We are up and running for elections 2019, and what better a place to start than Uttar Pradesh.
This is the state that gave the BJP an absolute majority in 2014 and ensured its dominance in the NDA government that followed. The party swept 71 of 80 seats (73 with its allies) and followed up its 2014 whopper by walloping the opposition in the assembly election of 2017. If the BJP holds its ground here, then it is back with a bang; a minor slip and the party can still cobble together a coalition with support from outside the NDA as it stands; a big drop and the BJP could be staring at a bleak future.
In UP, rivals have become friends to fight their common enemy BJP. The Bahujan Samaj Party (BSP), Samajwadi Party (SP) and Rashtriya Lok Dal (RLD) and others are coming together in a mahagatbandan built on the hope that their combined strength will vanquish the adversary. They came second and third in 2014 in 60 constituencies. If their votes are combined, they could topple the BJP in half the seats (36) that it held. Another half a dozen could fall with a 2.5% swing against the BJP. Put another way, these losses would be equivalent to all the seats in Bihar or West Bengal.
Numbers such as these assume that votes are transferable from one party to another. The BSP has generally been able to deliver on transferring Dalit votes but the SP is not known for marshaling its forces that well. They also assume that the distribution of seats and candidates is palatable to the electorate. Besides, there is criticism that this mahagatbandan does not include the Congress, which, with 8% of UP votes in 2014, would have almost certainly ensured the defeat of the BJP in another 14 seats.
We begin our journey in Jat-dominated western UP, particularly Mathura, Hathras and Agra. In 2014 these were overwhelmingly BJP, with more than 50% of the vote. But these are not seats that are historically held by one party over a long series of elections, and any significant change here could portend difficulties for the BJP.
As we head to areas where the BJP did well, much of it is Charan Singh country usurped by the ruling party. Will the RLD of Charan Singh's son Ajit Singh help the opposition get its game together here?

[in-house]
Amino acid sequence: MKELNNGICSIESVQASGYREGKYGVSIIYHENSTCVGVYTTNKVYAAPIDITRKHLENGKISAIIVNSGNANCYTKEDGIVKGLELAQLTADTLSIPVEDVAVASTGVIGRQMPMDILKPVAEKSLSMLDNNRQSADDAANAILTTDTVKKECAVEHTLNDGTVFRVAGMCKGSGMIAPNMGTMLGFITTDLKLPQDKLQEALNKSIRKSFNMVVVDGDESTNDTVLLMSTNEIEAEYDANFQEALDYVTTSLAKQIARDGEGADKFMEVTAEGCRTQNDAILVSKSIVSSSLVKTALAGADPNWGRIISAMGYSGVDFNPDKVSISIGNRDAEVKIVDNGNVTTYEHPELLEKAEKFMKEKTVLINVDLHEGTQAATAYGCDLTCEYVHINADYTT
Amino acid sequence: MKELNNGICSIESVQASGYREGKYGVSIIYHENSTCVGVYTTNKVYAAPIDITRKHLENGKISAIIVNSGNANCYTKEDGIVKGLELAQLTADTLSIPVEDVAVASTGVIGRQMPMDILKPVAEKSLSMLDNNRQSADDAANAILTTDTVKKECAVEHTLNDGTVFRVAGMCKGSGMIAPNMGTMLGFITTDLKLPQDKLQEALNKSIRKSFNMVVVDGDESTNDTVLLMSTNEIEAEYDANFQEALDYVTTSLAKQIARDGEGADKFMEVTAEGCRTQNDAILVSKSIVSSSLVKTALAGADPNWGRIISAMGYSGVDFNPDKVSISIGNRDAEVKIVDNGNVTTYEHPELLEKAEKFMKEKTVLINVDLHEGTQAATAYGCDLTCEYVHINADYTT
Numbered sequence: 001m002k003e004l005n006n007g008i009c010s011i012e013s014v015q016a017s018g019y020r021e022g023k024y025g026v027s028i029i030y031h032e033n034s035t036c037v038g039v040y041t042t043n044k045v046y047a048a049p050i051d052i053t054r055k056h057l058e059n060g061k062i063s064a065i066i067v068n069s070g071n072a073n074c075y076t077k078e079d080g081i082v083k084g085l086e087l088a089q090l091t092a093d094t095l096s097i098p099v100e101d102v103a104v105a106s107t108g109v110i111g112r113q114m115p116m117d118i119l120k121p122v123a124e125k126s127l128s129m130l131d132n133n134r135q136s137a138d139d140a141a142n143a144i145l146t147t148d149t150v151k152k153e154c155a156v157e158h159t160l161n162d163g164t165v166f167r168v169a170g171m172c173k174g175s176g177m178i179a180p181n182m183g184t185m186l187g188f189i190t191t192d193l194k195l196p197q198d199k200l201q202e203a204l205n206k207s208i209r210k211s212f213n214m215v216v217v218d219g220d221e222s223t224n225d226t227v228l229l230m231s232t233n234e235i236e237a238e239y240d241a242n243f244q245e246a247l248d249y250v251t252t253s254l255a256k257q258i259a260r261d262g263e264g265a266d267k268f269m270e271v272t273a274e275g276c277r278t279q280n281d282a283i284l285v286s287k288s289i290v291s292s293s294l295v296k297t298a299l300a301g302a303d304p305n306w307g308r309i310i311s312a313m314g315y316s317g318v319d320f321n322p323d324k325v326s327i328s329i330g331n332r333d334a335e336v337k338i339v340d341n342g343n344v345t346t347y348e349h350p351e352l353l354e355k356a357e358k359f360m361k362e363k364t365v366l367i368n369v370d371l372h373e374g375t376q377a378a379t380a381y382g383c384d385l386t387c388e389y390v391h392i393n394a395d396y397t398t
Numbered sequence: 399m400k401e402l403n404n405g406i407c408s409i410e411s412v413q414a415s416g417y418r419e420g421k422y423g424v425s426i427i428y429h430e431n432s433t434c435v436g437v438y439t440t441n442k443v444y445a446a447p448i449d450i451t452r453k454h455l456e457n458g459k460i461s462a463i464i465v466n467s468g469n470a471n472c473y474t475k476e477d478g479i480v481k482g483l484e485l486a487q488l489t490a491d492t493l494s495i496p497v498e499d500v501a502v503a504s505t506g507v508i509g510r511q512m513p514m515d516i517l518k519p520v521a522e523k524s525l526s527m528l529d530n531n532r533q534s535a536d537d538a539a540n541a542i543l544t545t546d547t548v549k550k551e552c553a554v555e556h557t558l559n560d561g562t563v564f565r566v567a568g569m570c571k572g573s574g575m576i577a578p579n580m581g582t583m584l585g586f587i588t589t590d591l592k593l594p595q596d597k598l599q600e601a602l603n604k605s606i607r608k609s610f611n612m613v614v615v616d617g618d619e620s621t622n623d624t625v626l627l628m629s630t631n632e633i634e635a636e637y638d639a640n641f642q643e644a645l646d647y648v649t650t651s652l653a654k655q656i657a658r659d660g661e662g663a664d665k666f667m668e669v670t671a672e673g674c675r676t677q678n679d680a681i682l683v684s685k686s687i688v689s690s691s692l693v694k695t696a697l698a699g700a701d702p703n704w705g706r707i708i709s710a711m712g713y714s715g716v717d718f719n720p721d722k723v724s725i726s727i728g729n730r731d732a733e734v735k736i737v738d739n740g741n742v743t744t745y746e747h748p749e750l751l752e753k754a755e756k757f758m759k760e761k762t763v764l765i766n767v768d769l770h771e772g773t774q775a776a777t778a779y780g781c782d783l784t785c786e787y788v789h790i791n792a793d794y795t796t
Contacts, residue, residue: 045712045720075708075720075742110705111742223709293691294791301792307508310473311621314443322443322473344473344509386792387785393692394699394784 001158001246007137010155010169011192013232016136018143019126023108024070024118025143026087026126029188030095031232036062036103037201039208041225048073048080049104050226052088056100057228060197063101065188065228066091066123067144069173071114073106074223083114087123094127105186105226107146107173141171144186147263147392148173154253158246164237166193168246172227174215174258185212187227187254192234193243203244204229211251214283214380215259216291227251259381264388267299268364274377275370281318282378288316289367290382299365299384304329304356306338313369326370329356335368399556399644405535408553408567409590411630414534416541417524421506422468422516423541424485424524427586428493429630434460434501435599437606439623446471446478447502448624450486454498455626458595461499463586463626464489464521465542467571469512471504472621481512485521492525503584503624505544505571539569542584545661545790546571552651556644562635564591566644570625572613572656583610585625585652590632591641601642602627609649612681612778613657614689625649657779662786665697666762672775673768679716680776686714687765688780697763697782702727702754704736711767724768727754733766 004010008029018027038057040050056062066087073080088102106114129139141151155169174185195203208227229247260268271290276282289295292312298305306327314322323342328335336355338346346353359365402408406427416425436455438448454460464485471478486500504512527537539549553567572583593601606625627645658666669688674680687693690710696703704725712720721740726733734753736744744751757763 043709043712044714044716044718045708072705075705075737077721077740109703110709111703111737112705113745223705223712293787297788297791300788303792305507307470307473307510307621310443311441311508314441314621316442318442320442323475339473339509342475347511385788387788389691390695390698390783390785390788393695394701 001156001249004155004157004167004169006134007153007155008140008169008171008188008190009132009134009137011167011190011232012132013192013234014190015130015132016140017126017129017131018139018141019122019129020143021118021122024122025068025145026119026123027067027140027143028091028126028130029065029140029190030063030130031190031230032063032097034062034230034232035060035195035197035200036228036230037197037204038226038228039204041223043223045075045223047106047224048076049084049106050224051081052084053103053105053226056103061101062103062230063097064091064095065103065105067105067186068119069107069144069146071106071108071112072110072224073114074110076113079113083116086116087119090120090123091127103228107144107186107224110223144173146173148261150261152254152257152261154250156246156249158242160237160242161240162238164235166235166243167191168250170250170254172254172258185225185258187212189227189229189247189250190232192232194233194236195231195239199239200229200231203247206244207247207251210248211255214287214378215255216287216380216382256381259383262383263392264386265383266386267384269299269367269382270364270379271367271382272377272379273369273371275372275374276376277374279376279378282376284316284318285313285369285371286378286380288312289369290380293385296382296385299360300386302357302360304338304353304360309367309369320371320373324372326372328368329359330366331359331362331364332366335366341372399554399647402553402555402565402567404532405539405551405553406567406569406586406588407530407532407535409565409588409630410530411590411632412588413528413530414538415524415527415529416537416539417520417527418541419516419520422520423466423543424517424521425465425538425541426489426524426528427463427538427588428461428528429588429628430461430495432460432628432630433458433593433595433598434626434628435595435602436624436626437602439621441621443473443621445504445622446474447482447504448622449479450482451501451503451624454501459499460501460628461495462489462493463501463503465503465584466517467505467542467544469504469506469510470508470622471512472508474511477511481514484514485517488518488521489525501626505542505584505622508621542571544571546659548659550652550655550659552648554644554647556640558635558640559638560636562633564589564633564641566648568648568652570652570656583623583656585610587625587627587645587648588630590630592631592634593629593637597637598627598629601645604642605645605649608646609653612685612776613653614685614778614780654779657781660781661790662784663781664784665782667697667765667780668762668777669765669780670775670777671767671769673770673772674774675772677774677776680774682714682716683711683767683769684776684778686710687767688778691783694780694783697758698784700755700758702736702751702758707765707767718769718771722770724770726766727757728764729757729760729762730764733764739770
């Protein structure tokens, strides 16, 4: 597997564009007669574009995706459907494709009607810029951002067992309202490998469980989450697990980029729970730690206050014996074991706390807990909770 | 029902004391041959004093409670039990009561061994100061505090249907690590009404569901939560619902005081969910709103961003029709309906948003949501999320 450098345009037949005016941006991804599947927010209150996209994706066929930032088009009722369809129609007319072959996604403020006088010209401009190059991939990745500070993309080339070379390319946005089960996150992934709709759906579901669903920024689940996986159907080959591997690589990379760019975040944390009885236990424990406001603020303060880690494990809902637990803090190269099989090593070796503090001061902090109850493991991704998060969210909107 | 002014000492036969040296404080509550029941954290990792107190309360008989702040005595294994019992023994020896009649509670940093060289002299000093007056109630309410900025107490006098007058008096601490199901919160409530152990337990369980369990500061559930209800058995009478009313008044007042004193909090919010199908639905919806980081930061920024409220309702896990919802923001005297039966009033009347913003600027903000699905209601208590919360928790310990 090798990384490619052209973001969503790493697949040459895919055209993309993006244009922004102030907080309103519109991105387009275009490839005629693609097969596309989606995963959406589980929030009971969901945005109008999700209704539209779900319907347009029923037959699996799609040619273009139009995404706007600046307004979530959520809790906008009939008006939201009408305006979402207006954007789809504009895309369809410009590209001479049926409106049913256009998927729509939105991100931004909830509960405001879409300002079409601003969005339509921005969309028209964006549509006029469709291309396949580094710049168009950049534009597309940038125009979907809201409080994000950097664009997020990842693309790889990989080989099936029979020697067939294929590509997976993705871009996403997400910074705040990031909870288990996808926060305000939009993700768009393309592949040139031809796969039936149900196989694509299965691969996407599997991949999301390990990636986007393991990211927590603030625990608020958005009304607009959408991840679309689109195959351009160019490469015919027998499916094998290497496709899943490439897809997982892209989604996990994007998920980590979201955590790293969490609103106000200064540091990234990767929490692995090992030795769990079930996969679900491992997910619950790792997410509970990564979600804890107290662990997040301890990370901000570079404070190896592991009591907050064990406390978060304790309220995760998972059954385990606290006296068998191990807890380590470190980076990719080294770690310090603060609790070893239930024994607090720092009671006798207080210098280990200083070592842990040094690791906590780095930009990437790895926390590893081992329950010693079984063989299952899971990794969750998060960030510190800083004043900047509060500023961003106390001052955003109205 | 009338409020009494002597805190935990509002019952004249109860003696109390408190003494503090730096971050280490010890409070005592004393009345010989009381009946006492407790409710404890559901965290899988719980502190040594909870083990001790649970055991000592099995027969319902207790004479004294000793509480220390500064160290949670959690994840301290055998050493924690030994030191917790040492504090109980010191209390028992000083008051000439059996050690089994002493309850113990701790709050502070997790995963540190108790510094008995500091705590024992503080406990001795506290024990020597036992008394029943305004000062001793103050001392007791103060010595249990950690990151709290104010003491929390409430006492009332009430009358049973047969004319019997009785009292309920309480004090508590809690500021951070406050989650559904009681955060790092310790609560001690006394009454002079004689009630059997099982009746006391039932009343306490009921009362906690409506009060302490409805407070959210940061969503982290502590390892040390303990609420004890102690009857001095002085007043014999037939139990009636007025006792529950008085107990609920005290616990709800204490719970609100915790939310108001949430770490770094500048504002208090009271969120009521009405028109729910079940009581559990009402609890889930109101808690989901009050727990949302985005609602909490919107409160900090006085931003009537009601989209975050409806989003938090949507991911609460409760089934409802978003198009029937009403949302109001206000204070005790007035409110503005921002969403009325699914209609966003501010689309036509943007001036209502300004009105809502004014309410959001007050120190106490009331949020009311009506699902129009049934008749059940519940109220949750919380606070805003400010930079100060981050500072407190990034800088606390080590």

Our first stop is a very middle-class highway restaurant on the Agra Expressway. Here, at Jolly Go food court, the overwhelming refrain is "Modi-ji". This segment of Indians seems to be firmly in his camp, be it young and local - or old and from Pune. They all have only good things to say about the BJP, especially Prime Minister Narendra Modi.
The manager of the establishment is more circumspect. While he strongly supports the BJP, he feels that in Jewar, where a new airport for Delhi is to come up, the support is not as strong as it was the last time. People, he suggests, are never satisfied.
In Jewar town, people are still waiting to see what will happen on the airport; nobody so far has been called to surrender land for it. But they all believe that an airport here would be a game-changer. Having won Gautam Buddha Nagar with just over 50% of the votes, the BJP should be safe in this constituency with its large middle class vote bank in Noida.
As we drive through the fertile agriculture belt of Mathura, potato and mustard are being harvested while wheat still has a month to go. The crop, by all accounts, has been plentiful though prices seem to be low. Most farmers admit they can no longer wait for the government to buy their mustard, so they are selling it to the local traders.
In Jaralia, Yogendra Singh, a Jat farmer, says he needs the Rs 2,500 a quintal now, not six weeks later. So if he is losing out on the government support price, too bad. He has debts to pay. But this has not weakened his support for the BJP. He says the party is still the best for the nation, if not for the farming community.